City Hall to city mall? developers like idea

Transformation: But converting Philadelphia's landmark government center to a new use would be costly, they say.

January 15, 2001|By Nathan Gorenstein | Nathan Gorenstein,KNIGHT RIDDER/TRIBUNE

PHILADELPHIA - Turning Philadelphia's underused, worn-out City Hall into a retail, restaurant and business center makes sense architecturally, economically and commercially, say people who do such things for a living.

It won't be cheap to modernize the world's largest solid masonry building, but its status as an architectural gem in the center of town makes it a location tenants would pay premium dollars to occupy.

At least that's how it looks to a variety of real estate pros reacting to City Controller Jonathan A. Saidel's suggestion that leasing part of the 1.1 million-square-foot City Hall to private developers is one way to save it.

`A brilliant idea'

"It's a brilliant idea," said Philadelphia developer Carl Dranoff, who has made a career of overhauling old buildings. "It's thinking out of the box. It's bringing resources to the table that wouldn't ordinarily be there."

Whether any conversion ever takes place will depend on the outcome of detailed architectural and marketing studies.

Saidel's analysis concluded that a top-to-bottom restoration of City Hall would cost nearly $350 million.

Taxpayers cannot afford it, so Saidel's team outlined four scenarios to raise the money.

One involves leasing up to 65 percent of the structure to private developers. Other ideas involve using city funds or establishing a nonprofit agency for the renovations.

Unlike government, private developers could use a 20 percent federal historic tax credit to subsidize the necessary renovation.

The developer would recover his costs by leasing the space to tenants seeking a high-profile address.

"What does one pay for the premier space in Philadelphia? The answer is, generally a higher rate than the market rate nearby," said Hyman Myers, a preservation architect at the Vitetta Group, which in the early 1990s studied the cost of renovating City Hall.

`Great signature location'

"It would be one of the really great signature locations," said Don Meginley, director of operations for Goldman Properties Philadelphia, which is renovating old retail buildings along 13th Street.

Renting any part of City Hall to private tenants would require much preparatory work, including new elevators and centralized air-conditioning. Adding that equipment to a brick-and-stone building designed in the 19th century would be a formidable task.

"We have done that in buildings that are in tougher shape," Meginley said when asked whether such work is affordable.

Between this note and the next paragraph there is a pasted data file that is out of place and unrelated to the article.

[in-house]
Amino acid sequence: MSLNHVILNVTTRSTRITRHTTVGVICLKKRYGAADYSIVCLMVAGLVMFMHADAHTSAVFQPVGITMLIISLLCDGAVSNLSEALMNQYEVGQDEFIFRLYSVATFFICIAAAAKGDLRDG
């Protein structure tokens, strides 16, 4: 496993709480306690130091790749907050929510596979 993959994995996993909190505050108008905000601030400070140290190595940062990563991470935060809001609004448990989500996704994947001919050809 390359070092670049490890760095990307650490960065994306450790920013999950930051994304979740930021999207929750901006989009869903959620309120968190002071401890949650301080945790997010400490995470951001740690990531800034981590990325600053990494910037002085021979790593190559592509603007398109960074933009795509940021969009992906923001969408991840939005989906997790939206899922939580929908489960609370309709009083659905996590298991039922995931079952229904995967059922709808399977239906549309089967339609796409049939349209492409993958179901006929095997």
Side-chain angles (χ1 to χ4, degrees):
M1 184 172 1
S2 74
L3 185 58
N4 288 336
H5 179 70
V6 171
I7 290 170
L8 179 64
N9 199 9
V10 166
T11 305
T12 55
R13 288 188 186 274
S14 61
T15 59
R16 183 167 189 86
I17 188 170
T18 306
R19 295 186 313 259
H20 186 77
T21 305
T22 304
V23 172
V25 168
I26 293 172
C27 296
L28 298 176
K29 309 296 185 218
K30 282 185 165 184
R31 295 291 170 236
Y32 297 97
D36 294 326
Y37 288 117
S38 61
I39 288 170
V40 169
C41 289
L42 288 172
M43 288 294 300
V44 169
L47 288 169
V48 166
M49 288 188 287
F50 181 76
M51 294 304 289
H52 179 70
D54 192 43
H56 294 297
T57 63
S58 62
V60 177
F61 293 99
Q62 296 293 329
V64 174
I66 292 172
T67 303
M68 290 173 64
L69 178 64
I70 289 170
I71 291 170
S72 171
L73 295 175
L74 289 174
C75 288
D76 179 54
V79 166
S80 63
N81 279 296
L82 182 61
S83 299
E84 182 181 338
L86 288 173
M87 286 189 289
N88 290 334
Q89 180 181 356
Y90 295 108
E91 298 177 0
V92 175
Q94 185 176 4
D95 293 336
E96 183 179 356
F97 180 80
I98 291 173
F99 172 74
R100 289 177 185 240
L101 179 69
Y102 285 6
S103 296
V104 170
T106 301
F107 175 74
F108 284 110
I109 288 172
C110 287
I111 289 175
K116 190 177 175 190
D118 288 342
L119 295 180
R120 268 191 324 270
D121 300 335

A national historic landmark, City Hall is considered the best example of French Second Empire architecture in the country. But the roof has been leaking for years, and water has extensively damaged many of the building's upper rooms.

A $125 million exterior-restoration project, included in Saidel's price tag, has started. But that still leaves the inside, great stretches of which are virtually abandoned.

Only about 10 percent of the building, mostly on the northern side, is used by the mayor, City Council and their staffs.

Many of the court functions have been moved into surrounding office buildings.

And Mayor Street, who set up a committee to figure out how to study Saidel's recommendations, said it might make sense to move his offices across the street into the recently renovated Municipal Services Building.

Bringing pedestrian life to the sidewalks and plazas around City Hall that are now a vast expanse of empty space after 5 p.m. would beef up the city's attractiveness to tourists and suburbanites, Paul Levy, executive director of the Center City District, said.

`A dramatic effect'

"To put activity in that building, and to have people walking in and out and around it, I think, would have a dramatic effect," he said.

Developers say the first floor of City Hall could be turned into a retail and restaurant center - think of lunch or dinner on a scrubbed and landscaped City Hall plaza - and upper floors could be converted into office space.

Along with air-conditioning and elevators, the interior would have to be extensively redesigned. Extra-wide hallways now eat up too much space. "It would be hard but not impossible by any means," said Myers, whose firm is helping overhaul the state Capitol in Harrisburg. "It's done to lots of older buildings."

Dranoff agreed that such an overhaul could be done. His firm, Dranoff Properties, is turning an old General Electric factory at 31st and Chestnut Streets into 282 apartments and 100,000 square feet of office space.

But he cautioned: "Historic building do not lend themselves to cookie-cutter solutions. ... Multiple plans need to be put together."

Baltimore Sun Articles
Please note the green-lined linked article text has been applied commercially without any involvement from our newsroom editors, reporters or any other editorial staff.